Comelec

Rappler statement on Comelec Commissioner Inting’s suspension of the election partnership

Rappler.com
Rappler statement on Comelec Commissioner Inting’s suspension of the election partnership
Rappler hopes that the new chairman and commissioners will deliberate on the matter with the impartiality, wisdom, and courage expected of an independent constitutional body

The unilateral decision of Comelec Commissioner Socorro Inting to hold the implementation of our memorandum of agreement is regrettable.  

The Comelec’s own lawyers studied the contract with Rappler and found no legal obstacles. It was signed by both parties in good faith on February 24, 2022, with the intent of ensuring transparent and credible elections.

It is unfortunate that Commissioner Inting, who signed off on this agreement as acting chairman less than two weeks ago, and who declared just a day ago that the commission would await the Supreme Court’s decision on the matter, has gone ahead and unilaterally given instructions to set our agreement aside. 

The instruction was given on March 8, on the same day that the new chairperson of the Comelec was sworn into office, and apparently without consulting the Comelec en banc.  

It is equally lamentable that Rappler, as the other party to the agreement, was not officially informed about Commissioner Inting’s memorandum beforehand. Instead, the information and memo were leaked to a TV station associated with disinformation and online attacks on journalists and independent media. We have not received an official copy of the memorandum as of 10 pm on Tuesday, March 8, four hours after it was leaked.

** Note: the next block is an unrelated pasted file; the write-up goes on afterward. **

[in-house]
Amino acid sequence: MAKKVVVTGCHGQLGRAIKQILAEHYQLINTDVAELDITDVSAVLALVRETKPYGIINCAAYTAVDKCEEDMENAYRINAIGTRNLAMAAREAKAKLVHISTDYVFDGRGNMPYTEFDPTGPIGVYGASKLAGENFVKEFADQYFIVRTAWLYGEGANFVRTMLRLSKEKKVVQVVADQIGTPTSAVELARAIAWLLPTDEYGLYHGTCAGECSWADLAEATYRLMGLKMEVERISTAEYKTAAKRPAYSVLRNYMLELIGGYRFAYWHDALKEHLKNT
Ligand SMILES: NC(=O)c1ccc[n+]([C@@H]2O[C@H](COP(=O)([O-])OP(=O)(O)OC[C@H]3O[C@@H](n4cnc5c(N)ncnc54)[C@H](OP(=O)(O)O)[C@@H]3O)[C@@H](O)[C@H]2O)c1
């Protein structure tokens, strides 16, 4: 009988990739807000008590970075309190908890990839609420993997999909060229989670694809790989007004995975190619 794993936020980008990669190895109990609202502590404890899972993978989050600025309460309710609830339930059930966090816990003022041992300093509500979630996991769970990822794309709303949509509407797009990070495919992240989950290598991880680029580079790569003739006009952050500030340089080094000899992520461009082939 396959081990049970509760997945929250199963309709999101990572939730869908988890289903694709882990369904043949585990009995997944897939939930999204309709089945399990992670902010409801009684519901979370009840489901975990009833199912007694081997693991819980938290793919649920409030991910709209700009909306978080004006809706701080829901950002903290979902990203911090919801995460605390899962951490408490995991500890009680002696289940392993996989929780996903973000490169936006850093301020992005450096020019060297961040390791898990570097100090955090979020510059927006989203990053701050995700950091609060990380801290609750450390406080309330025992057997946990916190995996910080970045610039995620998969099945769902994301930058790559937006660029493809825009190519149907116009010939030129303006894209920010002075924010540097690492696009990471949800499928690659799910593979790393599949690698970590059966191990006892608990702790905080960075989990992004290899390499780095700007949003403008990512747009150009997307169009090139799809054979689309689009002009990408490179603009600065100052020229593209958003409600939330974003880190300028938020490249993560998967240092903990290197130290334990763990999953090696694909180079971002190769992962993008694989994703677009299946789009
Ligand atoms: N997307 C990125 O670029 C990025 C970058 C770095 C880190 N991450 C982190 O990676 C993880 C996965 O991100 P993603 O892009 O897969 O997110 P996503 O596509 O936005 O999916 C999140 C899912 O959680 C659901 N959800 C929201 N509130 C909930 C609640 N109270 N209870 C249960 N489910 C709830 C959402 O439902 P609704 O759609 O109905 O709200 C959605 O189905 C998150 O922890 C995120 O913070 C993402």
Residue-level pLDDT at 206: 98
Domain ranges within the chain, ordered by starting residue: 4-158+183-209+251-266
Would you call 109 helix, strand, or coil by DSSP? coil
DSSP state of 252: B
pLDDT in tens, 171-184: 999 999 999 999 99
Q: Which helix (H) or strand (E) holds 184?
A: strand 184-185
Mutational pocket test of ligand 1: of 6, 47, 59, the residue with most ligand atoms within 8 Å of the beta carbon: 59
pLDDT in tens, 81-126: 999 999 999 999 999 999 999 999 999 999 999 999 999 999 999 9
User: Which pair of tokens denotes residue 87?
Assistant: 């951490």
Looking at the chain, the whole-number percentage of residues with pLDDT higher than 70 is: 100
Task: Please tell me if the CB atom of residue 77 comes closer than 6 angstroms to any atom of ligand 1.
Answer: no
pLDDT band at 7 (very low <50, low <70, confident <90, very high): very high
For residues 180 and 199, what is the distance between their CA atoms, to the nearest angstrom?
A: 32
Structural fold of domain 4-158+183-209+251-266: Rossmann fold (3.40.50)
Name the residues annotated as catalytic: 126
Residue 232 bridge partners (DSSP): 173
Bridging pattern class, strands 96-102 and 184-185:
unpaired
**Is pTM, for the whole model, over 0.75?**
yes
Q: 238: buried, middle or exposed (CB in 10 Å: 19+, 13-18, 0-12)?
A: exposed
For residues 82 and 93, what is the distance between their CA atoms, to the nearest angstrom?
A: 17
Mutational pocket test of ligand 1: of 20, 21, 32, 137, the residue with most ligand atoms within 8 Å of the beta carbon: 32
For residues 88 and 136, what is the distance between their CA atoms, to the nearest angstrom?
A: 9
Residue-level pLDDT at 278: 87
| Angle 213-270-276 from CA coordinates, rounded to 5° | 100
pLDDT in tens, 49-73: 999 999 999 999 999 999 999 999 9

This decision is based on the false and unsubstantiated claims of the Solicitor General, who is obviously acting on behalf of partisan interests that are being threatened by Rappler’s independent reporting.

Rappler maintains that the partnership agreement with the poll body stands on solid legal ground. It is no different from previous agreements that the Comelec has had with Rappler every election since 2013. The level of access it gives to Rappler is no different from those given to other legitimate media organizations, as Comelec itself pointed out. 

Rappler is asking the commission en banc to deliberate on the matter in the same way it did when it approved the MOA as a collegial body. This decision should be based on fact and not unproven accusations that cannot stand in court. This partnership is not just about Rappler but about engaging free and independent media to bring about transparent and more credible elections.

We hope that the new chairman and commissioners will bring to the discussions the impartiality, wisdom, and courage expected of an independent constitutional body. – Rappler.com